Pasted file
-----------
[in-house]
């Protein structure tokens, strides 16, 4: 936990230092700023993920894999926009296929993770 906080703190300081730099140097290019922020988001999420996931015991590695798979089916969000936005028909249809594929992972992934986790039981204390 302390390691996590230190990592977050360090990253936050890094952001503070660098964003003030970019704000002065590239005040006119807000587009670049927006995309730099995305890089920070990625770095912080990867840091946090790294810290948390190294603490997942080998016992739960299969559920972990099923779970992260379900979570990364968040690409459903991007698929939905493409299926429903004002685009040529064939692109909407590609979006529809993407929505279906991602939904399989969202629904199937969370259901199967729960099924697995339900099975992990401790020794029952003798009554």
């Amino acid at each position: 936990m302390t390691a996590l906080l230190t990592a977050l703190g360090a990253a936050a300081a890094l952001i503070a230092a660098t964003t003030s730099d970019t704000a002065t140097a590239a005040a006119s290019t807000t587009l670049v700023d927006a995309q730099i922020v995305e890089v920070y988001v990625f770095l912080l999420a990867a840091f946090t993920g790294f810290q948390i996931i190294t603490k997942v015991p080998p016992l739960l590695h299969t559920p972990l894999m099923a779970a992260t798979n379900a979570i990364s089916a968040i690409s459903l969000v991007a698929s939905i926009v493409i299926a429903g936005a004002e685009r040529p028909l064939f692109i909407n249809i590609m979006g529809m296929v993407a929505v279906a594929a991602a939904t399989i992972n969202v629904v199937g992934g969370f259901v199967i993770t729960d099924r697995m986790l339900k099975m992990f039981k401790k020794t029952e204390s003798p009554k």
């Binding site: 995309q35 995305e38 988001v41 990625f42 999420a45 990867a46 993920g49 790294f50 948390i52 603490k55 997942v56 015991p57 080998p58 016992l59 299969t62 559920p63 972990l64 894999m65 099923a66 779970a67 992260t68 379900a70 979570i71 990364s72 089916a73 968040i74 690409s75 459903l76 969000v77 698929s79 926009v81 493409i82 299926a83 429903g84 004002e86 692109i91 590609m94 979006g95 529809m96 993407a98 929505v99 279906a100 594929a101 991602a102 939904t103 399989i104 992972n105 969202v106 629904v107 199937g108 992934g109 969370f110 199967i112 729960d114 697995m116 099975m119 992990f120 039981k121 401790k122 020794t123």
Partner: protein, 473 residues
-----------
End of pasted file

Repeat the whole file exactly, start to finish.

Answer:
[in-house]
């Protein structure tokens, strides 16, 4: 936990230092700023993920894999926009296929993770 906080703190300081730099140097290019922020988001999420996931015991590695798979089916969000936005028909249809594929992972992934986790039981204390 302390390691996590230190990592977050360090990253936050890094952001503070660098964003003030970019704000002065590239005040006119807000587009670049927006995309730099995305890089920070990625770095912080990867840091946090790294810290948390190294603490997942080998016992739960299969559920972990099923779970992260379900979570990364968040690409459903991007698929939905493409299926429903004002685009040529064939692109909407590609979006529809993407929505279906991602939904399989969202629904199937969370259901199967729960099924697995339900099975992990401790020794029952003798009554």
């Amino acid at each position: 936990m302390t390691a996590l906080l230190t990592a977050l703190g360090a990253a936050a300081a890094l952001i503070a230092a660098t964003t003030s730099d970019t704000a002065t140097a590239a005040a006119s290019t807000t587009l670049v700023d927006a995309q730099i922020v995305e890089v920070y988001v990625f770095l912080l999420a990867a840091f946090t993920g790294f810290q948390i996931i190294t603490k997942v015991p080998p016992l739960l590695h299969t559920p972990l894999m099923a779970a992260t798979n379900a979570i990364s089916a968040i690409s459903l969000v991007a698929s939905i926009v493409i299926a429903g936005a004002e685009r040529p028909l064939f692109i909407n249809i590609m979006g529809m296929v993407a929505v279906a594929a991602a939904t399989i992972n969202v629904v199937g992934g969370f259901v199967i993770t729960d099924r697995m986790l339900k099975m992990f039981k401790k020794t029952e204390s003798p009554k």
């Binding site: 995309q35 995305e38 988001v41 990625f42 999420a45 990867a46 993920g49 790294f50 948390i52 603490k55 997942v56 015991p57 080998p58 016992l59 299969t62 559920p63 972990l64 894999m65 099923a66 779970a67 992260t68 379900a70 979570i71 990364s72 089916a73 968040i74 690409s75 459903l76 969000v77 698929s79 926009v81 493409i82 299926a83 429903g84 004002e86 692109i91 590609m94 979006g95 529809m96 993407a98 929505v99 279906a100 594929a101 991602a102 939904t103 399989i104 992972n105 969202v106 629904v107 199937g108 992934g109 969370f110 199967i112 729960d114 697995m116 099975m119 992990f120 039981k121 401790k122 020794t123």
Partner: protein, 473 residues